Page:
Theft, Fraud, and Forgery, these are known as ‘crimes of dishonesty.’ If you commit theft, fraud, or forgery, your life will be effected for a long time to come. Why? People won’t trust you. You will have trouble finding a job, housing, loans, getting into school, getting financial aid, or anything that depends on your word.
A person commits theft when the person appropriate property of another with intent to deprive the owner of property, without the owner’s effective consent. A person can also be charged with theft if they accept stolen property, in which case the government must probe that a person appropriates property with the intent to deprive the owner of the property, the property is stolen, and the defendant knew the property was stolen by another. The severity of the charge depends on the type, and more often, value of the property. If the defendant stole property worth between $20 and $500, it is a Class B misdemeanor. If the value is less than $50, and the defendant has a prior theft conviction, it is a Class B misdemeanor.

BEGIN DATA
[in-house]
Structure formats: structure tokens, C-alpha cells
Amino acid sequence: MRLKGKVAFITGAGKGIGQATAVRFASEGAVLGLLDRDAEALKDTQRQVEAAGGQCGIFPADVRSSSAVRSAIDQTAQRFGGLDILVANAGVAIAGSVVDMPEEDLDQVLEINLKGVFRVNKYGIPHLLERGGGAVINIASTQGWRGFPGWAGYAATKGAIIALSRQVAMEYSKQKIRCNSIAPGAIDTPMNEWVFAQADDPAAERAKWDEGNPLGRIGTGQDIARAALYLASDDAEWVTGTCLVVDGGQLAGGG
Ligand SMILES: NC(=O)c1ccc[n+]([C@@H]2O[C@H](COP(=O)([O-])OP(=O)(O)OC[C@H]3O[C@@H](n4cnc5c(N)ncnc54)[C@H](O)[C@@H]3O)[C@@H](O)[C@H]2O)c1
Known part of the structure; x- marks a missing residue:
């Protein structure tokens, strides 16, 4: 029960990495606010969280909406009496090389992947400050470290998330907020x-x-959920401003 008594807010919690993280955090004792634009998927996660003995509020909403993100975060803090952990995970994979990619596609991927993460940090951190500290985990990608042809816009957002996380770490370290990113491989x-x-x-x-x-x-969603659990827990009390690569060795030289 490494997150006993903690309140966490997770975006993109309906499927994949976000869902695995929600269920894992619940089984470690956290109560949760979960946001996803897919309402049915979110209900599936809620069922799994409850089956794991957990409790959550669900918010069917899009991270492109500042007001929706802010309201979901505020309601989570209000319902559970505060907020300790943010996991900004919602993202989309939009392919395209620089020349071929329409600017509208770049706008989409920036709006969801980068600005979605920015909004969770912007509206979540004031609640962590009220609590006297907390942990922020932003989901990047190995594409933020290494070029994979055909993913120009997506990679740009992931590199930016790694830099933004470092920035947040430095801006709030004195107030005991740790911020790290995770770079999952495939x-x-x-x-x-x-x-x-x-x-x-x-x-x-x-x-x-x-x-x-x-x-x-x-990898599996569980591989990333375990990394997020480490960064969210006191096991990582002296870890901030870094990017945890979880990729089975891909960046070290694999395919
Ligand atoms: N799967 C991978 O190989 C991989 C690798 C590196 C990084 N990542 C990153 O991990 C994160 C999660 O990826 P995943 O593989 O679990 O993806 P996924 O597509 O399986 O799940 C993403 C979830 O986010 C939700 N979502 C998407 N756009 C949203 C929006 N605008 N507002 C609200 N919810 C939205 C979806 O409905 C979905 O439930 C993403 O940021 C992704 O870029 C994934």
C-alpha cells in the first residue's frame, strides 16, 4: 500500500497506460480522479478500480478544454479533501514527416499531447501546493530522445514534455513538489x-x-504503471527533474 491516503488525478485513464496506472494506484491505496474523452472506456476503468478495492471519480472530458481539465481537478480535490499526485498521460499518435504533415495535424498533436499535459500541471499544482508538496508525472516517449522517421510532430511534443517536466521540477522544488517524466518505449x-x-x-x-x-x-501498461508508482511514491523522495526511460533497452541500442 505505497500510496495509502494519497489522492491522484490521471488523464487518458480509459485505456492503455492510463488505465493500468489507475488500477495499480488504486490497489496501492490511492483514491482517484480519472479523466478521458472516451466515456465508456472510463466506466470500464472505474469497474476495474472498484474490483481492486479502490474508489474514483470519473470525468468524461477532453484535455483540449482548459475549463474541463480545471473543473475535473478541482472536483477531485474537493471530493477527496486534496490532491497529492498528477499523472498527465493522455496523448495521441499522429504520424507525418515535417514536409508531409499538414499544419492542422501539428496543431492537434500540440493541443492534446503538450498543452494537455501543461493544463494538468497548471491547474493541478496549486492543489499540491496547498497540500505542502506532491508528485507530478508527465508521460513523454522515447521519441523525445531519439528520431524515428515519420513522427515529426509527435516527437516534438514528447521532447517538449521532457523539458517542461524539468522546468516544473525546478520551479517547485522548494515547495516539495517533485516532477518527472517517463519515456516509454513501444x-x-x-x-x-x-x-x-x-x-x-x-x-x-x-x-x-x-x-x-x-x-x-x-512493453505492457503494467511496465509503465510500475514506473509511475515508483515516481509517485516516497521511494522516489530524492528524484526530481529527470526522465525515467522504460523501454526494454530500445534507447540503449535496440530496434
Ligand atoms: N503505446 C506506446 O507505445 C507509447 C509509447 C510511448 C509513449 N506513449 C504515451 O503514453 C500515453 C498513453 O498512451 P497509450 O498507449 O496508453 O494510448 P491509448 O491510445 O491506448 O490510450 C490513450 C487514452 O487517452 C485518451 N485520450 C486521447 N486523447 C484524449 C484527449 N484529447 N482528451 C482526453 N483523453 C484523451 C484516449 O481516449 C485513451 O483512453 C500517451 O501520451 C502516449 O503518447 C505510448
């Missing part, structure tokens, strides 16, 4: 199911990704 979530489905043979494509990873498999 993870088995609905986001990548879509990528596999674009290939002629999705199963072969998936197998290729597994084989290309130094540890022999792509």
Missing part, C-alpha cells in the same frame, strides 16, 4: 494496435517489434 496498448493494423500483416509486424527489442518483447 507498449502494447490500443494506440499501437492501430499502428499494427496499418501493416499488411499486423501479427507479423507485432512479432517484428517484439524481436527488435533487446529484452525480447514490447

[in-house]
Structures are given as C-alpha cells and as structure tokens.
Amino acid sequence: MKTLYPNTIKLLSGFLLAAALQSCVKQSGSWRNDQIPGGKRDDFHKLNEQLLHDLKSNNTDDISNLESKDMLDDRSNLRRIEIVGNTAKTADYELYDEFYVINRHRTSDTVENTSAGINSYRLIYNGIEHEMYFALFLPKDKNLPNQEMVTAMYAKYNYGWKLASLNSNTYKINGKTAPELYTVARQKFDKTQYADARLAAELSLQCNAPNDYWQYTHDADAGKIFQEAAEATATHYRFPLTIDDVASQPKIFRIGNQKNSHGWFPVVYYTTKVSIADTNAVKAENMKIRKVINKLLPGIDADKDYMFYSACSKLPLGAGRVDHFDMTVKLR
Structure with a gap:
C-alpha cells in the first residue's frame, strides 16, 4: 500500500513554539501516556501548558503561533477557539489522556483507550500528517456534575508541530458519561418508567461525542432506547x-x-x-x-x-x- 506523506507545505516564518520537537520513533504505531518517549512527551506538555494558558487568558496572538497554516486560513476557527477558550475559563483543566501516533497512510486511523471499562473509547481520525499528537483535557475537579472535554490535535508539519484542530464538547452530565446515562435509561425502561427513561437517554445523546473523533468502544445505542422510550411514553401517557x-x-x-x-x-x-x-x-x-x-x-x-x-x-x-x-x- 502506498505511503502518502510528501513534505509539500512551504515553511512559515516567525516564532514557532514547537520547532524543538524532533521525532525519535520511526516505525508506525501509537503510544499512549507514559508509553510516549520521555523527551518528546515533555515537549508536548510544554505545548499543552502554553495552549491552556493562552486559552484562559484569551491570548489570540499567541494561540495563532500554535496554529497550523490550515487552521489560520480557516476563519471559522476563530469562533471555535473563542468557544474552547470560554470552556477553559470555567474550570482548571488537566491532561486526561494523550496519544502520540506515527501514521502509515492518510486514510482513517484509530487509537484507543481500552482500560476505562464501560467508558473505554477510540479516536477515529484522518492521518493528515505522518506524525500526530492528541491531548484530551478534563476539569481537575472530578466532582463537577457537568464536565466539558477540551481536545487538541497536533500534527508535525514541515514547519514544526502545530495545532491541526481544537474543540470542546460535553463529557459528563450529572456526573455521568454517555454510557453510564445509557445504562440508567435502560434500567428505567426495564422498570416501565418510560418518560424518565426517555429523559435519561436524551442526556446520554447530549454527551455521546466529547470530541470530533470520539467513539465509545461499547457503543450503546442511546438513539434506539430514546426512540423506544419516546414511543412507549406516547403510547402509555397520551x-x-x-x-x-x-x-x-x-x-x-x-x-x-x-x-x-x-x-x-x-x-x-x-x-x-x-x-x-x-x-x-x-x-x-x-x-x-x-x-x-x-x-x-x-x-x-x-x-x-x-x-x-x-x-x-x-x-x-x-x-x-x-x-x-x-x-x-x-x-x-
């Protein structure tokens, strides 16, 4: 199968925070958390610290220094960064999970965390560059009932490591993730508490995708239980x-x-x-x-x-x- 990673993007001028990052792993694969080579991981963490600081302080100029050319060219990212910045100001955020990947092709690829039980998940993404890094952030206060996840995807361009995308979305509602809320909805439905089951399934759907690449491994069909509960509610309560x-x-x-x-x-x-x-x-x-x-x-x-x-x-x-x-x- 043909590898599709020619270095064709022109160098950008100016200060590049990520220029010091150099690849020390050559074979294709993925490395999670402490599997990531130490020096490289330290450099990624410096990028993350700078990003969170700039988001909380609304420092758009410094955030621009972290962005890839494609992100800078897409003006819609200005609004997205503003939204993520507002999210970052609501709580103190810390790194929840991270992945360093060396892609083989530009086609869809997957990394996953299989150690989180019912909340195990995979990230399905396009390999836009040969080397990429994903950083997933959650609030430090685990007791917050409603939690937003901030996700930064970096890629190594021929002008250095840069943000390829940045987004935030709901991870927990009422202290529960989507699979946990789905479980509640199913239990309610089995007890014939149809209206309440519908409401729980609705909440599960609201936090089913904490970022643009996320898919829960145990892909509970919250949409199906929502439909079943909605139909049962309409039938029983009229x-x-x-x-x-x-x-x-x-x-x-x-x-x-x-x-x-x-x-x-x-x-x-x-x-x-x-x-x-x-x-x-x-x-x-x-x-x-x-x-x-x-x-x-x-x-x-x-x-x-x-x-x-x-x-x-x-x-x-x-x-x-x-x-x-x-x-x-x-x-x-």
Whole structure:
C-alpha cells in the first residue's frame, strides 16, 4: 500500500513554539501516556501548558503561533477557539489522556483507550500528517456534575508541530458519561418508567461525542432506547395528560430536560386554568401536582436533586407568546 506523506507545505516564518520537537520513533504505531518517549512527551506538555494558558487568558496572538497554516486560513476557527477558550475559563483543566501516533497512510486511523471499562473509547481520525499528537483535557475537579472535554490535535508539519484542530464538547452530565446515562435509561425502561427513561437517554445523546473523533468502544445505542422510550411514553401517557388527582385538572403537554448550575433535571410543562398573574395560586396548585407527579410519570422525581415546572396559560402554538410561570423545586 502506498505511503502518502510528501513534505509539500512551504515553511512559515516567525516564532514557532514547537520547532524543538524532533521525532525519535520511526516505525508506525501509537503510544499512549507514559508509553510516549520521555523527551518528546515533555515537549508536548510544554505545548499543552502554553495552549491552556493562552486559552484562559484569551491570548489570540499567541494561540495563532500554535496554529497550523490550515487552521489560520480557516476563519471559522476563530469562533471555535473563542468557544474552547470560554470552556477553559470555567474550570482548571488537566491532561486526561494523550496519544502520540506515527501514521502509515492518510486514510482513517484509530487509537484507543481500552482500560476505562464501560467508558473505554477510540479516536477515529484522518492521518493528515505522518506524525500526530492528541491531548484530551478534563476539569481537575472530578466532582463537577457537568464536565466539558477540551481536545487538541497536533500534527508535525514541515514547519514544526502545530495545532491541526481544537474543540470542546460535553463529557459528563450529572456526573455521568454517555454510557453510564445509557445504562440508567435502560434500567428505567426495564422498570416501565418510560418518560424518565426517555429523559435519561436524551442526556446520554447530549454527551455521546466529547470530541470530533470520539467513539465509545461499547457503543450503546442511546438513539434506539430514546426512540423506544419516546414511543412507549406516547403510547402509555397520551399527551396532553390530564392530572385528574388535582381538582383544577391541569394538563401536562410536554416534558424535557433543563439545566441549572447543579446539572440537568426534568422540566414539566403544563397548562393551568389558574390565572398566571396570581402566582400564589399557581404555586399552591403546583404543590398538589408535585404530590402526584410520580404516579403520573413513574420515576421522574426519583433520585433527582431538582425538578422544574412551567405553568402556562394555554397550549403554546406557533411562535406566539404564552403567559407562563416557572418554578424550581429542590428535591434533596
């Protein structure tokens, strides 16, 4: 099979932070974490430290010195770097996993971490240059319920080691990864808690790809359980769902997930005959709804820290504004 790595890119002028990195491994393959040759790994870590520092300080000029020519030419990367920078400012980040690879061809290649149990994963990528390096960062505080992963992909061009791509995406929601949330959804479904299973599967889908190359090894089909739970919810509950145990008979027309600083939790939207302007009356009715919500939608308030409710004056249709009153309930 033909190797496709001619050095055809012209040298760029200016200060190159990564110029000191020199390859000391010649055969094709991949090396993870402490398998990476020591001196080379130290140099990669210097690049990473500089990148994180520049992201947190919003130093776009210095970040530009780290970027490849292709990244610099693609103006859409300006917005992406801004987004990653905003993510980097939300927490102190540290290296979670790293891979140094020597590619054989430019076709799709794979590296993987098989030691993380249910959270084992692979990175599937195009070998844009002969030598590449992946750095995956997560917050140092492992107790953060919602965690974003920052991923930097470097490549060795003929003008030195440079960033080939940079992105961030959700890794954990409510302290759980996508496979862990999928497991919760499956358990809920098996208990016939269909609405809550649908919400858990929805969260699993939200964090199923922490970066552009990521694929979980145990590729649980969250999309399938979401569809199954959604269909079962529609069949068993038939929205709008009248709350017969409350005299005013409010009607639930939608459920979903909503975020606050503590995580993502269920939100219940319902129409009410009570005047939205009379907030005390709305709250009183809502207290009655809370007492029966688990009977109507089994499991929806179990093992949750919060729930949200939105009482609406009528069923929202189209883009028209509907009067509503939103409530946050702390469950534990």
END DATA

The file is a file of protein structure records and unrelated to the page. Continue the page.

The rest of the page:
Forgery is a generally a Class A misdemeanor. A person can be convicted of forgery if the government proves that a person forged a writing with the intent to defraud or harm another. Forgery is a state jail felony of the writing is a will, credit card, or check. Forgery is a third degree felony under different circumstances.
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